This story is taken from V103, on newsstands September 1, available for pre-order here.
It is pretty crazy to consider that “YouTube stars” and the “Instafamous” have all but reformatted our traditional understanding of the term “celebrity,” or, at least, our traditional understanding of the route toward celebrity. And there’s no stopping the onslaught; these social media darlings are transitioning their followings into new fields, like acting, singing, and designing. Whatever the next chapter, these people are ostensibly the weathervanes of millennial enterprise, and they’re getting rich in ways that would’ve been hard to imagine until recently. Some are proving to have real chops beyond their exceptional abilities at selfie-taking and on-camera candor. See (and hear) Troye Sivan, the 21-year-old Western Australian in the midst of launching a pyrotechnic pop music career from the mortar of YouTube. At press time, he had 4.9 million subscribers on the video platform (and counting; he joined in 2007). This fall, he’ll be touring the U.S. to perform songs from his first album, Blue Neighborhood, which came out in December 2015. (Begging the question: will making it big online be a prerequisite for fame in the future? Justin Bieber could, arguably, be the founding father of this sort. Remember, he was discovered on YouTube, too.)
Sivan is lissome and attractive, with big, blue eyes and a face that bluntly carves downward to a narrow chin, nose ring and messy hair artfully accenting the slightly elfin effect. There’s good reason he walked in Hedi Slimane’s Fall 2015 Saint Laurent menswear show last year: the designer—no longer at the label—loves a cute, ultra-skinny musician-as-model on his catwalks, and Sivan fits the part to a T. He was born in Johannesburg, South Africa, but grew up in Perth, the remote metropolis located on the Indian Ocean side of Australia (Sydney, for those wondering, faces the Tasman Sea nearly 2,500 miles to the east.) “The closest big city is a three hour flight away,” he says with a laugh, via telephone from a bus as he’s riding to Nashville, Tennessee, where he’ll be performing at radio stations and putting his feet up for a few days. “There’s nothing, nothing around us.” However, Sivan attributes Perth’s isolation as a major impetus in his motivation to succeed: “I think it is super-conducive to people breaking out and forming their full identities elsewhere, because it really is so removed.” He still technically lives there, though, as he says, “I’ve spent, like, four days in Perth since the beginning of the year.”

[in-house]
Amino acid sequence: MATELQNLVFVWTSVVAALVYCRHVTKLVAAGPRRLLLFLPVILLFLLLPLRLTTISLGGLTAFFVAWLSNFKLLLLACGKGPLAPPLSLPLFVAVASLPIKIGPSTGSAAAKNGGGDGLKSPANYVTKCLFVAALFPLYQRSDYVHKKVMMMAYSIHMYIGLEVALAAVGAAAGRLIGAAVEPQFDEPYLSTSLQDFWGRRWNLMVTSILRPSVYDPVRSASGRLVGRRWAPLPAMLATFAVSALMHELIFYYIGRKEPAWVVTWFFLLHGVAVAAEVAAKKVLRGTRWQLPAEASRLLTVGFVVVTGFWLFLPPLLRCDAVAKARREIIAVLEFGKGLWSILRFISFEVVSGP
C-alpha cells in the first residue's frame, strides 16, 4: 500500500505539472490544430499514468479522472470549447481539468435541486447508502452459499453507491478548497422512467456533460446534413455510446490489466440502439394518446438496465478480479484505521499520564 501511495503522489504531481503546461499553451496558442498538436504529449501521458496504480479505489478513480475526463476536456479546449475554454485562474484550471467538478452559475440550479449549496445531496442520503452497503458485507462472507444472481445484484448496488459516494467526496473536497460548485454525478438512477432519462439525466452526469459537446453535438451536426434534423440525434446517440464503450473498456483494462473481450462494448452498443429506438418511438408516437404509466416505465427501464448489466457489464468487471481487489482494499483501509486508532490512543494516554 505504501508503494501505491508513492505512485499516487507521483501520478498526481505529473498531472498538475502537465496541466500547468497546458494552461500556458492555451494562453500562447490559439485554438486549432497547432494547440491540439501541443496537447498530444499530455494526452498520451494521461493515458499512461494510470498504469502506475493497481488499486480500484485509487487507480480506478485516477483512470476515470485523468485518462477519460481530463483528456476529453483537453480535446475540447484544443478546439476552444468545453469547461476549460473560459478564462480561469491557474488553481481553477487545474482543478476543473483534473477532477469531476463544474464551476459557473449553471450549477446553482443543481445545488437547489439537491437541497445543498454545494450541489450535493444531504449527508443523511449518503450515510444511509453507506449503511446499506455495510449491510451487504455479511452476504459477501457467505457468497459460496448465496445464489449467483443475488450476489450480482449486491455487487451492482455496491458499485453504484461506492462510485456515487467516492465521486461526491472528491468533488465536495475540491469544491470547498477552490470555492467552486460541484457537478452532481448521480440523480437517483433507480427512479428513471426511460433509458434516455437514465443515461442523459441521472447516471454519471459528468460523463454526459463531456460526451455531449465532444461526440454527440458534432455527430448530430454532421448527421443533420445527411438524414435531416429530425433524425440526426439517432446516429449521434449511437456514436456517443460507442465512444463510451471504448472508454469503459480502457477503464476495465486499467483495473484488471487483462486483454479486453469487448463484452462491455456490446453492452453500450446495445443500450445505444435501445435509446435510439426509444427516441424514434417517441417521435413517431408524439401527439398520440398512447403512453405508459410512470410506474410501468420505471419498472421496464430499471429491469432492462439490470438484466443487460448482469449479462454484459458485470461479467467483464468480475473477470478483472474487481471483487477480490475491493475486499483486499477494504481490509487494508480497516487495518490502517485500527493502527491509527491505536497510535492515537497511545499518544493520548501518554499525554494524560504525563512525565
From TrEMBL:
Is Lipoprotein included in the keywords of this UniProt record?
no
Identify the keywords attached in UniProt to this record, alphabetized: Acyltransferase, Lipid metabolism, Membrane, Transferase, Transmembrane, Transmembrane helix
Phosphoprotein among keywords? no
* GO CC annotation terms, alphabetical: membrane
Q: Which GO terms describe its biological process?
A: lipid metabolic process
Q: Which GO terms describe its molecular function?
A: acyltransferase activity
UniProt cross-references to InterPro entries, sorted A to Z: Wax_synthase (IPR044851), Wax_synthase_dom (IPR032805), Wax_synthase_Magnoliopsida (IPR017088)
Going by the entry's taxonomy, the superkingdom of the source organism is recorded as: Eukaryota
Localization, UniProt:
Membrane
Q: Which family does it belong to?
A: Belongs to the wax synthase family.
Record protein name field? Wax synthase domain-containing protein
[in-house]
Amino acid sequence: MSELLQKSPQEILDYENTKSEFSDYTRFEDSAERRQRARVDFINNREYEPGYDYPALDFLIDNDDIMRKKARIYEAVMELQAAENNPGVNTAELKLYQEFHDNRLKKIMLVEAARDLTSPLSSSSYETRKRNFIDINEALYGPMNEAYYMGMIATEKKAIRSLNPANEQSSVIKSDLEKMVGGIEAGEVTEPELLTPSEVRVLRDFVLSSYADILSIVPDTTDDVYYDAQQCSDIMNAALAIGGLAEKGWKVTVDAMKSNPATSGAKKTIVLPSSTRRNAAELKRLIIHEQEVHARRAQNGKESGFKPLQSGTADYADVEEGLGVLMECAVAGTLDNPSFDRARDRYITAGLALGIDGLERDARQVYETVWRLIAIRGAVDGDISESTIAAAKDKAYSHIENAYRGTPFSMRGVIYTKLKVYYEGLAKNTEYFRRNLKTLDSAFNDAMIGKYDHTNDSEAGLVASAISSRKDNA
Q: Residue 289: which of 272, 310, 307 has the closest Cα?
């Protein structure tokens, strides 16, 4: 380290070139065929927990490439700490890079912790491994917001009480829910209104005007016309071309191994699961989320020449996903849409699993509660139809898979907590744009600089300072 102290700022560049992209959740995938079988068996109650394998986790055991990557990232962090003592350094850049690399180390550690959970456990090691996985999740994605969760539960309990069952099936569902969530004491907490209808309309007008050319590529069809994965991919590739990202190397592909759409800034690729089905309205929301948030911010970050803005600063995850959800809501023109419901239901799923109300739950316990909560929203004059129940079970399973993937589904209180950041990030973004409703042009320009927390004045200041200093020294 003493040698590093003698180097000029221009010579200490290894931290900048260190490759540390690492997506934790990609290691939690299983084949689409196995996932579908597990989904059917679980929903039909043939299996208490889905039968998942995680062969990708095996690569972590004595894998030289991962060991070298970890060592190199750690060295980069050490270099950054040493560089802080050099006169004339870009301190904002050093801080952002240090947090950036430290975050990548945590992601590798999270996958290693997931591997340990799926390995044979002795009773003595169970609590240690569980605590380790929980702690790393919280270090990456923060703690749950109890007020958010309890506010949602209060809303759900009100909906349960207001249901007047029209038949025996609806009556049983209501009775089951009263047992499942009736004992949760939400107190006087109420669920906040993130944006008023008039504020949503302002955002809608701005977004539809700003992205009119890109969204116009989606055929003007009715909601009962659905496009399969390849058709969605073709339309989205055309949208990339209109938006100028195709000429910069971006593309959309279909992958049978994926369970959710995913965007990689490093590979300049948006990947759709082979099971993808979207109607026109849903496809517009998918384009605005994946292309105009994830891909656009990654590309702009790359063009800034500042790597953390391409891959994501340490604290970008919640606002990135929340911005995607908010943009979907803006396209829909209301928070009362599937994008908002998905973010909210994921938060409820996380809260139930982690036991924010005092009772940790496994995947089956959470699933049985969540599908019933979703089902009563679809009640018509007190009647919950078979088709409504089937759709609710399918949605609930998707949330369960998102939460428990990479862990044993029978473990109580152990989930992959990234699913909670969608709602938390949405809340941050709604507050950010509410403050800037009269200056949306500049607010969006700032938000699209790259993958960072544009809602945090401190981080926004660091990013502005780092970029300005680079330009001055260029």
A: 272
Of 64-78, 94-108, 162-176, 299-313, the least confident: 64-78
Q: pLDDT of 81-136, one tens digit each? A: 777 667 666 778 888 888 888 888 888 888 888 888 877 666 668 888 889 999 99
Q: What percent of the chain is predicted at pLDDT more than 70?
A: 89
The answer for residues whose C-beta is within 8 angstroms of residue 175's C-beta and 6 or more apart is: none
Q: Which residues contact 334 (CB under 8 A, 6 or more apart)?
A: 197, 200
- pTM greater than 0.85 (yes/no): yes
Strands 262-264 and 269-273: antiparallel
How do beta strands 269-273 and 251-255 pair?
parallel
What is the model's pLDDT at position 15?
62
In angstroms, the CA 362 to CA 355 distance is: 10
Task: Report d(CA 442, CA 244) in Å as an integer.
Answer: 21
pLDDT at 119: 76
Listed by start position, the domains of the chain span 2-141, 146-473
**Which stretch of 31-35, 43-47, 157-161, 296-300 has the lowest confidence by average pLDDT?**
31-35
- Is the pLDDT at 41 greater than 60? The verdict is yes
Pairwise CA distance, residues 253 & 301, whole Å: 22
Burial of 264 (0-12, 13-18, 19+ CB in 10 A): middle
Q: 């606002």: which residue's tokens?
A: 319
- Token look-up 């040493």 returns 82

Another noteworthy thing about Perth, and something that resonates strongly in Sivan’s character today, was and is its open-mindedness. Sivan is publicly gay; he revealed his sexuality to his parents at age 15, and then to the world at age 18 with, you guessed it, a coming out video on YouTube (there are now many of these reels—a lovely phenomenon, if you ask this writer, who is 28 and had not a single admittedly gay person at his high school). “I wouldn’t say it’s necessarily easy to be different there, but at the same time, I never got bashed up, I never got harassed. I could literally drop everything and go home and have a community waiting for me—the really important things in life are waiting for me there.” Then, adorably, he adds, “Of course, I did have a little schoolyard trouble once in a while, but in general I had the best upbringing in the world.”